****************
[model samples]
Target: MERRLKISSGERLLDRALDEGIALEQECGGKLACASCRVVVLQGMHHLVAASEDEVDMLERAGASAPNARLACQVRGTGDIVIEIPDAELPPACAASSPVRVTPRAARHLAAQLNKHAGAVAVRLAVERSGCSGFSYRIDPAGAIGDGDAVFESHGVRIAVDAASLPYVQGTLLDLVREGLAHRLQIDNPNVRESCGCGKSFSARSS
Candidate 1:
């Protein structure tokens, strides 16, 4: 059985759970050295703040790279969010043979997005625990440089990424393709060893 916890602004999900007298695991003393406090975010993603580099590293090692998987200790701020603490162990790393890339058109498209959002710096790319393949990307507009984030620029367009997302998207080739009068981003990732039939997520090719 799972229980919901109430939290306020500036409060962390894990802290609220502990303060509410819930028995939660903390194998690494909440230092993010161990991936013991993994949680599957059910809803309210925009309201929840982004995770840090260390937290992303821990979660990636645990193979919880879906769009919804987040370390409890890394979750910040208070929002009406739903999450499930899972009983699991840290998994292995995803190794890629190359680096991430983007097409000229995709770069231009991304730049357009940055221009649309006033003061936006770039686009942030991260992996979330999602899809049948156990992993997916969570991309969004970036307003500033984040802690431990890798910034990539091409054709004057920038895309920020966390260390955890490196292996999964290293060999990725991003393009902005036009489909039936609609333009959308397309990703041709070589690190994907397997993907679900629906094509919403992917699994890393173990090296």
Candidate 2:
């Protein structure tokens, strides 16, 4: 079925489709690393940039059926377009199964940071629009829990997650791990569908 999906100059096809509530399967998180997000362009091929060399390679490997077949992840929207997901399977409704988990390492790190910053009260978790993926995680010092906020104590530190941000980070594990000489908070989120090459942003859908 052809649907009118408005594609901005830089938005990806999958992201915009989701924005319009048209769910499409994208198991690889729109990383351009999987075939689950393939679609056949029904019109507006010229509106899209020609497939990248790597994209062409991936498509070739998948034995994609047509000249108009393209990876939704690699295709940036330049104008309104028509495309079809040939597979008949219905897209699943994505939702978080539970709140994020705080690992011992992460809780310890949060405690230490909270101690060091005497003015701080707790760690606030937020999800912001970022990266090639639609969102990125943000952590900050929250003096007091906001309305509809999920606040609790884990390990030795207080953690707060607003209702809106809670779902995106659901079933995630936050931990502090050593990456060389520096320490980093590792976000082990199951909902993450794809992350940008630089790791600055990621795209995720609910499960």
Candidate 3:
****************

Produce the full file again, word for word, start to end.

[model samples]
Target: MERRLKISSGERLLDRALDEGIALEQECGGKLACASCRVVVLQGMHHLVAASEDEVDMLERAGASAPNARLACQVRGTGDIVIEIPDAELPPACAASSPVRVTPRAARHLAAQLNKHAGAVAVRLAVERSGCSGFSYRIDPAGAIGDGDAVFESHGVRIAVDAASLPYVQGTLLDLVREGLAHRLQIDNPNVRESCGCGKSFSARSS
Candidate 1:
């Protein structure tokens, strides 16, 4: 059985759970050295703040790279969010043979997005625990440089990424393709060893 916890602004999900007298695991003393406090975010993603580099590293090692998987200790701020603490162990790393890339058109498209959002710096790319393949990307507009984030620029367009997302998207080739009068981003990732039939997520090719 799972229980919901109430939290306020500036409060962390894990802290609220502990303060509410819930028995939660903390194998690494909440230092993010161990991936013991993994949680599957059910809803309210925009309201929840982004995770840090260390937290992303821990979660990636645990193979919880879906769009919804987040370390409890890394979750910040208070929002009406739903999450499930899972009983699991840290998994292995995803190794890629190359680096991430983007097409000229995709770069231009991304730049357009940055221009649309006033003061936006770039686009942030991260992996979330999602899809049948156990992993997916969570991309969004970036307003500033984040802690431990890798910034990539091409054709004057920038895309920020966390260390955890490196292996999964290293060999990725991003393009902005036009489909039936609609333009959308397309990703041709070589690190994907397997993907679900629906094509919403992917699994890393173990090296």
Candidate 2:
């Protein structure tokens, strides 16, 4: 079925489709690393940039059926377009199964940071629009829990997650791990569908 999906100059096809509530399967998180997000362009091929060399390679490997077949992840929207997901399977409704988990390492790190910053009260978790993926995680010092906020104590530190941000980070594990000489908070989120090459942003859908 052809649907009118408005594609901005830089938005990806999958992201915009989701924005319009048209769910499409994208198991690889729109990383351009999987075939689950393939679609056949029904019109507006010229509106899209020609497939990248790597994209062409991936498509070739998948034995994609047509000249108009393209990876939704690699295709940036330049104008309104028509495309079809040939597979008949219905897209699943994505939702978080539970709140994020705080690992011992992460809780310890949060405690230490909270101690060091005497003015701080707790760690606030937020999800912001970022990266090639639609969102990125943000952590900050929250003096007091906001309305509809999920606040609790884990390990030795207080953690707060607003209702809106809670779902995106659901079933995630936050931990502090050593990456060389520096320490980093590792976000082990199951909902993450794809992350940008630089790791600055990621795209995720609910499960």
Candidate 3: